Dubai, United Arab Emirates (AP) - Gulf troops will stay in Bahrain until its Sunni rulers are satisfied that threats from Iran have eased, the island kingdom's foreign minister said Monday amid an ongoing crackdown on dissent.
Bahrain's king declared martial law last month and invited about 1,500 troops from Saudi Arabia and the other Gulf states to help contain a Shiite uprising that Sunni leaders around the oil-rich region believe could open the way for greater influence by Shiite powerhouse Iran.
The country's foreign minister, Khalid bin Ahmed Al Khalifa, told reporters that the Gulf force is needed to counter a "sustained campaign" by Iran in Bahrain, the host of the U.S. Navy's 5th Fleet.
"There is an external threat on the whole Gulf," the minister said on the sidelines of an anti-piracy conference in Dubai. He denied the Gulf force is "policing" the majority Shiite nation and emphasized the foreign forces' stated mission is to protect Bahrain's "vital installations against a foreign threat."
Authorities claimed they see Iran's influence in the Shiite opposition that has staged weeks of demonstrations and sit-ins demanding greater political freedoms and equal rights.
Tehran has denounced the deployment of a Saudi-led force to help prop up Bahrain's monarchy and condemned the crackdown.
Hundreds of protesters, opposition leaders and human rights activists have been taken into custody since Bahrain declared emergency rule March 15 attempts to crush the revolt.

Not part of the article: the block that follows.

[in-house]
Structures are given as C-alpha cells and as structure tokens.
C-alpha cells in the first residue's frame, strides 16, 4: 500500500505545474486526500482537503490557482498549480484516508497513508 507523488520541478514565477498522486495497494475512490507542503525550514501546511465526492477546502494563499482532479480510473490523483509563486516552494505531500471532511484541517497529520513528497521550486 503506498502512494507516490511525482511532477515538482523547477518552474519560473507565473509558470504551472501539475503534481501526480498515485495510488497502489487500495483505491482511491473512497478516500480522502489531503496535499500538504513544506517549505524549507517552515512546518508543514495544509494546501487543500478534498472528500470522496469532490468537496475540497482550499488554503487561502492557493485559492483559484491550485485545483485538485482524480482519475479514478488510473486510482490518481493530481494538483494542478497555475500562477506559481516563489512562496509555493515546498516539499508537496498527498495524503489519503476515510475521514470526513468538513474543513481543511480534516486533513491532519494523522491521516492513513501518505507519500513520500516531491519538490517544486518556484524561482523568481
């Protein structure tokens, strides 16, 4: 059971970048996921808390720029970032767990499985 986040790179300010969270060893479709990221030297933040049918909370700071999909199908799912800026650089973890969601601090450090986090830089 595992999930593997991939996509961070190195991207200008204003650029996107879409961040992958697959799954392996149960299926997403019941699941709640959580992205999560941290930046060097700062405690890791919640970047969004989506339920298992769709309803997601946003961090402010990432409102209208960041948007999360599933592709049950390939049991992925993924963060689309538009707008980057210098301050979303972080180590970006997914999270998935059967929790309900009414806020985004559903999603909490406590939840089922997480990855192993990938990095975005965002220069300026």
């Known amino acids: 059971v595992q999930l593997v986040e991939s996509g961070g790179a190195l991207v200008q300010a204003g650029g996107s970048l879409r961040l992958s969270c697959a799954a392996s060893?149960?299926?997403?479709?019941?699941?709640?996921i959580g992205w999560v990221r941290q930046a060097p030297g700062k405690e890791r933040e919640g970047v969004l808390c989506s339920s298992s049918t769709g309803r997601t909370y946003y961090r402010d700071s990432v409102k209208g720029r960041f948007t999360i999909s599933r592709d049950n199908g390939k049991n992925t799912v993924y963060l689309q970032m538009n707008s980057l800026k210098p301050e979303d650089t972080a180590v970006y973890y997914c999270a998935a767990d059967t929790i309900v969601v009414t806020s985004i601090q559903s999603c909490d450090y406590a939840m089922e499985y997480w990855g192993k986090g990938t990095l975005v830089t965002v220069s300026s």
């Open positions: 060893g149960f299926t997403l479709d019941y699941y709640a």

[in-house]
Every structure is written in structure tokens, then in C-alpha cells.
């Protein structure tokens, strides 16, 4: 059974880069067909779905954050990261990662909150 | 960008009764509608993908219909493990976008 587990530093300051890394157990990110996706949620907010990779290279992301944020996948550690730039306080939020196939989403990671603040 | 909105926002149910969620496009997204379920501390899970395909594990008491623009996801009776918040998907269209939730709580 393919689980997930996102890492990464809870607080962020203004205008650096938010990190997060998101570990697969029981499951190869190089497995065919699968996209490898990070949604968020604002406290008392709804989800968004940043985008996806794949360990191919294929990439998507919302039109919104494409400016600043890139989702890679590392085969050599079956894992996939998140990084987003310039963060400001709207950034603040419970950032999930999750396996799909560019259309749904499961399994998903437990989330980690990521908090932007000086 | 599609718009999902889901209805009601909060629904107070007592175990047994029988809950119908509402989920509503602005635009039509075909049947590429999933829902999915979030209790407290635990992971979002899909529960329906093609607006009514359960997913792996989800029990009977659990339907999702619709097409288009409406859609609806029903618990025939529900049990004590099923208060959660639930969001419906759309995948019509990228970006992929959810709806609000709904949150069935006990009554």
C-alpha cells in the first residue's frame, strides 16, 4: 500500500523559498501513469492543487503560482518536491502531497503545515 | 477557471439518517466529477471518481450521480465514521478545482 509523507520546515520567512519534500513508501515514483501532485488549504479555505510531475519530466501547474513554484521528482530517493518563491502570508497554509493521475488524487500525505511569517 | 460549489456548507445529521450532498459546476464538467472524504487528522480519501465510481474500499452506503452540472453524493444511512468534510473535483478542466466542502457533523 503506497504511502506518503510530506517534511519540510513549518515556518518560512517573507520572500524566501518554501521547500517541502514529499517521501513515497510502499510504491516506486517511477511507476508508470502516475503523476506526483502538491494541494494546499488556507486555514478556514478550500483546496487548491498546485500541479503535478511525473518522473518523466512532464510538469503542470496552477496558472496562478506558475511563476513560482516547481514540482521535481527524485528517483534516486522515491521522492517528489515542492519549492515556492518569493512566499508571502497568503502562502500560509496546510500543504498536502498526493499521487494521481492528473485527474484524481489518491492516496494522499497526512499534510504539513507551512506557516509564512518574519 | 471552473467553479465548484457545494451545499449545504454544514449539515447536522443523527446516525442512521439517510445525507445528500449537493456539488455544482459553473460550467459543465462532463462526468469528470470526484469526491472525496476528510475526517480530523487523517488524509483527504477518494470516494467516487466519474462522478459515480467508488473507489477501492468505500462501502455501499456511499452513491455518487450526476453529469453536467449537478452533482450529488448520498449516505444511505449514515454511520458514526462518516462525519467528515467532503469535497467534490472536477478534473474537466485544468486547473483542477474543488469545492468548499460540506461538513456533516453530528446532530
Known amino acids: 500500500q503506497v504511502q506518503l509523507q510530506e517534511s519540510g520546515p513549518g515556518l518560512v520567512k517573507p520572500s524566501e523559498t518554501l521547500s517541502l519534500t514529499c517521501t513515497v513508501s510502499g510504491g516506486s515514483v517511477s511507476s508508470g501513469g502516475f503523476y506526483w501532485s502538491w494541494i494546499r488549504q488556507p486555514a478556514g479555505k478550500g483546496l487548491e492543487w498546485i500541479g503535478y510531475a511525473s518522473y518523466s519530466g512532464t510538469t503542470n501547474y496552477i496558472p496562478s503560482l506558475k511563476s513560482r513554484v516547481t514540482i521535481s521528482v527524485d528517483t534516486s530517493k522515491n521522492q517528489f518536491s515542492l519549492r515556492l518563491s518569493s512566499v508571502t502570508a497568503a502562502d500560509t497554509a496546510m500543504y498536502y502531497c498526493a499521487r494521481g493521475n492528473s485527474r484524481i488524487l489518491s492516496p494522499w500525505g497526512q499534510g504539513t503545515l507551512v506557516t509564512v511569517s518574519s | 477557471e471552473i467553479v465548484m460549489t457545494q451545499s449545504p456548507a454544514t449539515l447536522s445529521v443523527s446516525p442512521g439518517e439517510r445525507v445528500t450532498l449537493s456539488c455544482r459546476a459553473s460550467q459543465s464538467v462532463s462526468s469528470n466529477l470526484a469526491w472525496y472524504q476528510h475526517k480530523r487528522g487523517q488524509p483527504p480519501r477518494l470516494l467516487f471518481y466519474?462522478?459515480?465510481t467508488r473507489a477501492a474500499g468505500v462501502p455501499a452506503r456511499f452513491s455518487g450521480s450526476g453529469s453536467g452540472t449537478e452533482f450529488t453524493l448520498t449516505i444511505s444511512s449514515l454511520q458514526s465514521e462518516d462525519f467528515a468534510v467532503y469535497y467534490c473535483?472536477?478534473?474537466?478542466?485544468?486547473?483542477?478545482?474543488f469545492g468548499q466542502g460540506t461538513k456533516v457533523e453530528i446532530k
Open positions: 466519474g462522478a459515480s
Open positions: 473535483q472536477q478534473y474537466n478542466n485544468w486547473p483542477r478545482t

Bahrain's state news agency said on Monday seven detained opposition supporters will go on trial before a military court for the killing of two policemen.
The report by the Bahrain News Agency said a military prosecutor charged the seven with premeditated murder on Sunday. They also face "other charges," the report said. It did not elaborate, except to say the two policemen died after being run over by a car in the capital Manama.
Another hearing in the case is set for Tuesday.
The seven are the first of the hundreds taken in custody to be charged with a crime since Bahrain's military stormed the protesters' encampment in Manama's Pearl Square a month ago.
Earlier this month the authorities banned media from covering legal proceedings in the country's military courts. Bahrain's human rights organizations blasted the gag order, saying that trials behind closed doors have no legal credibility.
"If a government decides to hold trials in secret, it is very likely the government is hiding something," said Nabeel Rajab, the head of Bahrain's Human Rights Center.
Among those detained are also dozens of Shiite professionals, such as doctors and lawyers, including the lawyer who was to defend the seven suspected opposition supporters in the military court, Rajab said.
The attorney, Mohammed al-Tajer, is one of Bahrain's most prominent human rights lawyers. He has represented hundreds of clients against the state, including Shiite activists accused of plotting against the Sunni monarchy. He was taken into custody on Saturday.
At least 30 people have died since Feb. 15, when anti-government protests erupted in Bahrain, inspired by the uprisings in the Arab world. Four opposition supporters have also died in police custody.
Associated Press writer Adam Schreck contributed to this report from Dubai.